Here's an analogy:

Let's say I, Hitler, argue for some policy 'A' on the grounds that 'A' is necessary to protect Jews from persecution. Simultaneously, I carry out a program of genocide against Jews, which we'll call 'B'. Now, there's no question that the grounds I offer for 'A' are directly at odds with my policy 'B', but this is totally irrelevant to the argument for 'A' not only in principle, but also in practice unless: (1) there's a consensus among proponents of 'A' that 'B' is a legitimate rival of 'A' in normative terms (either explicitly or implicitly acknowledged), or (2) I, Hitler, am the only proponent of 'A'. Otherwise, the only thing reliably concluded here is that I, Hitler, don't really value protecting Jews from persecution--which obviously implies not a fucking thing about the real value of protecting Jews from persecution or a policy 'A' embodying that value.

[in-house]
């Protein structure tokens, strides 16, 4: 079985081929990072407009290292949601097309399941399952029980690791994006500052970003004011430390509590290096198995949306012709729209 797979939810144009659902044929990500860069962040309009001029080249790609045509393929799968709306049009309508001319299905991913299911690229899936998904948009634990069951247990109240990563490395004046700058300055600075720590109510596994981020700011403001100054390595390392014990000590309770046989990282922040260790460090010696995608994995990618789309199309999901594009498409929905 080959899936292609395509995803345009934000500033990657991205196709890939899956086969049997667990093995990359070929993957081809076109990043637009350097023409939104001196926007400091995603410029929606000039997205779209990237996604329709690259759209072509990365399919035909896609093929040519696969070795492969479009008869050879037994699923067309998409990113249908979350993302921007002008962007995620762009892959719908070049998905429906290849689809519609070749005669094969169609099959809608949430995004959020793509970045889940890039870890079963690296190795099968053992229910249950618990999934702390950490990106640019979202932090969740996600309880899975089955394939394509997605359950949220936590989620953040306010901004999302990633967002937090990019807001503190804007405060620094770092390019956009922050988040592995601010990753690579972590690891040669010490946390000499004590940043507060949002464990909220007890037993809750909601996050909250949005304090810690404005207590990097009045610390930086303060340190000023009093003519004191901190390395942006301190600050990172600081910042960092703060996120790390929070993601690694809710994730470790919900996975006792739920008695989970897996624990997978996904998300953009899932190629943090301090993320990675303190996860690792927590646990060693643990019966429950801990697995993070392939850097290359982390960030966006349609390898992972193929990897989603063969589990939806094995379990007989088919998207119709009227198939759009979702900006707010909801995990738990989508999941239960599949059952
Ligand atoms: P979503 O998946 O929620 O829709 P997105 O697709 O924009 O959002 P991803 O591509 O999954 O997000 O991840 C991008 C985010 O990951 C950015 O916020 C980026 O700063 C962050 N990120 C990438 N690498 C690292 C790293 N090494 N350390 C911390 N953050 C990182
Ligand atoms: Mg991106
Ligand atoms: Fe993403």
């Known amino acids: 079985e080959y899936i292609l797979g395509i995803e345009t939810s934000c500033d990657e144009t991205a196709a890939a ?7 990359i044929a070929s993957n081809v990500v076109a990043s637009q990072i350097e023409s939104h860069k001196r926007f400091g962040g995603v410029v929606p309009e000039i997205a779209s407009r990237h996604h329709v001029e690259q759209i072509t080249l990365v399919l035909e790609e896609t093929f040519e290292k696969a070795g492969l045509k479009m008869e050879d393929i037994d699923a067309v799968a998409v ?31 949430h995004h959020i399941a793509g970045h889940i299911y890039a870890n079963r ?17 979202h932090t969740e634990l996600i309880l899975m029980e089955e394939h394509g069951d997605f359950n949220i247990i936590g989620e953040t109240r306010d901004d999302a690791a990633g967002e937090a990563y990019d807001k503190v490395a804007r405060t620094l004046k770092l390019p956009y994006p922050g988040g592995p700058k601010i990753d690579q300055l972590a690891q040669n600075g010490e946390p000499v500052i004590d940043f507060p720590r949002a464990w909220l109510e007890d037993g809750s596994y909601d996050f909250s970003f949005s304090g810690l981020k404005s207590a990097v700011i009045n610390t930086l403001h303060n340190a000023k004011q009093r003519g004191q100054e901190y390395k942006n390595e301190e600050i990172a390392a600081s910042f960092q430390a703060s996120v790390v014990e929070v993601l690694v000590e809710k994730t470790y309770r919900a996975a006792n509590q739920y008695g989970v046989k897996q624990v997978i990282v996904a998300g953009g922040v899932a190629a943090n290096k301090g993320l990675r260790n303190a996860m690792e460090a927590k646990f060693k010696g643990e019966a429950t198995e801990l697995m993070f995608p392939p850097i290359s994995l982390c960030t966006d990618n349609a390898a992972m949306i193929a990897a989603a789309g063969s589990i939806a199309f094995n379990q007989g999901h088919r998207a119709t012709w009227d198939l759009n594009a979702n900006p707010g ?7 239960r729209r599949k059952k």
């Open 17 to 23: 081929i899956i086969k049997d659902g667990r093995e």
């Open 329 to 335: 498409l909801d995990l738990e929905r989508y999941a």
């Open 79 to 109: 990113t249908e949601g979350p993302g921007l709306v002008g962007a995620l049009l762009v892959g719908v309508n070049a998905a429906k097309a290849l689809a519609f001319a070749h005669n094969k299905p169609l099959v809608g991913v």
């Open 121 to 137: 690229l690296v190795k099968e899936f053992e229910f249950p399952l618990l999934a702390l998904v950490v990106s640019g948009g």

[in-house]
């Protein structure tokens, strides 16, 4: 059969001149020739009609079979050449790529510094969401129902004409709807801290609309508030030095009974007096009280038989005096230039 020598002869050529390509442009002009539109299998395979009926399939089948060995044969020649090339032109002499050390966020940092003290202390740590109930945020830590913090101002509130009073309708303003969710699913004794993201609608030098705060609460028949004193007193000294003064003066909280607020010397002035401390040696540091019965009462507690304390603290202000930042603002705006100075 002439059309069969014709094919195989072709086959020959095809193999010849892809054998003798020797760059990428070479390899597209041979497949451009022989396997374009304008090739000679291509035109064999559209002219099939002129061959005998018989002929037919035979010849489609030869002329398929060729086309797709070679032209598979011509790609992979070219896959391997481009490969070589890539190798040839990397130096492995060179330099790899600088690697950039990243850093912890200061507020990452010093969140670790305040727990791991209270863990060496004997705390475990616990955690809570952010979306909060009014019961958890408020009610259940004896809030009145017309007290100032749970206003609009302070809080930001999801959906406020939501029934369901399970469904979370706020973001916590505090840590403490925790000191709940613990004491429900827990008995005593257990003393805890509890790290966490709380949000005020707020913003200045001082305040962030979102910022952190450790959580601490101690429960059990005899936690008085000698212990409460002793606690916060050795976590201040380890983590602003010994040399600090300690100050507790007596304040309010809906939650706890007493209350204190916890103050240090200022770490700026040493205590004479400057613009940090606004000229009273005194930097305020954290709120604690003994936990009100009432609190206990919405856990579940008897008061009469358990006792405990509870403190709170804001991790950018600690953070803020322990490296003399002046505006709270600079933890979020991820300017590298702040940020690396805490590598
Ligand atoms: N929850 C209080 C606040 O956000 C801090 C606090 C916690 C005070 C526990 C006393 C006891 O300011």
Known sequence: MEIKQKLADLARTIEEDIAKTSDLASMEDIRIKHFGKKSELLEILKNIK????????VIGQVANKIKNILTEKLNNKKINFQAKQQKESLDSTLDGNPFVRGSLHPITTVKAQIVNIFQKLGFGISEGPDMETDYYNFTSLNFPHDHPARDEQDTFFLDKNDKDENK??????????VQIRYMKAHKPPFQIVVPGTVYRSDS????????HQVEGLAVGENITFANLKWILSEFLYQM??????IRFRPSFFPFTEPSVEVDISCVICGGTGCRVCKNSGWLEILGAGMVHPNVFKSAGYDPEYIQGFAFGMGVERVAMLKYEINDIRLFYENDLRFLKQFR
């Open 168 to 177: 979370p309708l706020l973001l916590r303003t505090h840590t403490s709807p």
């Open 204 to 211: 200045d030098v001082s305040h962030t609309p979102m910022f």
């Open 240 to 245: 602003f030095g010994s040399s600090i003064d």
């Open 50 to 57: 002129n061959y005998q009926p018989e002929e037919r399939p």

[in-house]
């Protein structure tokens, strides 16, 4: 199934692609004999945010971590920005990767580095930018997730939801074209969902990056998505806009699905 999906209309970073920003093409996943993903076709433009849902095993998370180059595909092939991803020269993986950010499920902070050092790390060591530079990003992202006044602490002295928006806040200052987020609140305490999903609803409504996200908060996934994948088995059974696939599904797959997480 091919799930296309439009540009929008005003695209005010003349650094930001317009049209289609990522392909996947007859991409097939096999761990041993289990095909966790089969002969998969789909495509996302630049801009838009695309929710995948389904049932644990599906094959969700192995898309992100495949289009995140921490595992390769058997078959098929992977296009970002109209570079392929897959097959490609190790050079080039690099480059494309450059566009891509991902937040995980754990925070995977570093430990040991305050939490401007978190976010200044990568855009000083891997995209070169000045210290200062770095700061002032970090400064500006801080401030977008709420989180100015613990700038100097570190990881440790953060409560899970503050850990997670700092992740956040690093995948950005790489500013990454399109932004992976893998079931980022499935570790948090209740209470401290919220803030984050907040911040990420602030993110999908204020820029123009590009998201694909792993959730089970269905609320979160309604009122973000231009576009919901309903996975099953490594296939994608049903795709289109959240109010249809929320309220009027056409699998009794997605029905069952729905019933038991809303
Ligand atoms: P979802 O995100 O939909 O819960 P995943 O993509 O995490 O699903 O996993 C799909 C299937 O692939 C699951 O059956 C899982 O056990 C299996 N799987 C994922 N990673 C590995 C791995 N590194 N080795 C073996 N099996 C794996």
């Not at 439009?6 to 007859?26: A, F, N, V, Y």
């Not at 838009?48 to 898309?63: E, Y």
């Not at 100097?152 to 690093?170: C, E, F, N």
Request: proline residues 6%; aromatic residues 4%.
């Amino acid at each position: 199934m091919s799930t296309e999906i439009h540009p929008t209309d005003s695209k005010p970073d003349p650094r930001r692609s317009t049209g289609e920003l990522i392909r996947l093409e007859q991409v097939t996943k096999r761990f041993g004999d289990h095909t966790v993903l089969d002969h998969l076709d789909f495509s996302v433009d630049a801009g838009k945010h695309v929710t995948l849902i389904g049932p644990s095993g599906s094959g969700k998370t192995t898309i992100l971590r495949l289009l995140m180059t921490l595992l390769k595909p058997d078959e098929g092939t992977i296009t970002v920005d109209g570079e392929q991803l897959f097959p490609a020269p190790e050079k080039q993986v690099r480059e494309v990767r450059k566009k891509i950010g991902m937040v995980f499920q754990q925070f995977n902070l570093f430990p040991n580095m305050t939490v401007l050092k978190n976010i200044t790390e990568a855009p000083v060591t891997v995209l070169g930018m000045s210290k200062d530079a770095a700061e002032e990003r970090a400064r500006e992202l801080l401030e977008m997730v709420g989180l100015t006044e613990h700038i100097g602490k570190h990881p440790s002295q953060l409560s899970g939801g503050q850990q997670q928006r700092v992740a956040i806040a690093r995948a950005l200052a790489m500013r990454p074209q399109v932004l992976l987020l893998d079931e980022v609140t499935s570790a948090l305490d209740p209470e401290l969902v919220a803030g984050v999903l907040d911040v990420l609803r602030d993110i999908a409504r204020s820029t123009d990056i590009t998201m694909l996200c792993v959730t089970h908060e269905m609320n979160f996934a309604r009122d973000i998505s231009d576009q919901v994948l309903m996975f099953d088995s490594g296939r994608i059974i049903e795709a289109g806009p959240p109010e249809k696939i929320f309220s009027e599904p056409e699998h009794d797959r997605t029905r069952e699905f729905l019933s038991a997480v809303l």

I'm confident you can master this distinction.

So, if and only if the actions of the Cal Poly administration are relevantly generalizable to college administrations in general (qua AA proponents), then is there a practical, though not principled, implication for the diversity argument for AA--although this consists only in a conflict of values; there is no implication as to which, if either, of these conflicting values should be retained.

Now, as a Californian and college student, my intuitions are:

(1) The CSU's are distinctively kooky in handling issues like this.

(2) As such, CSU administrators do not typify college administrators as a group.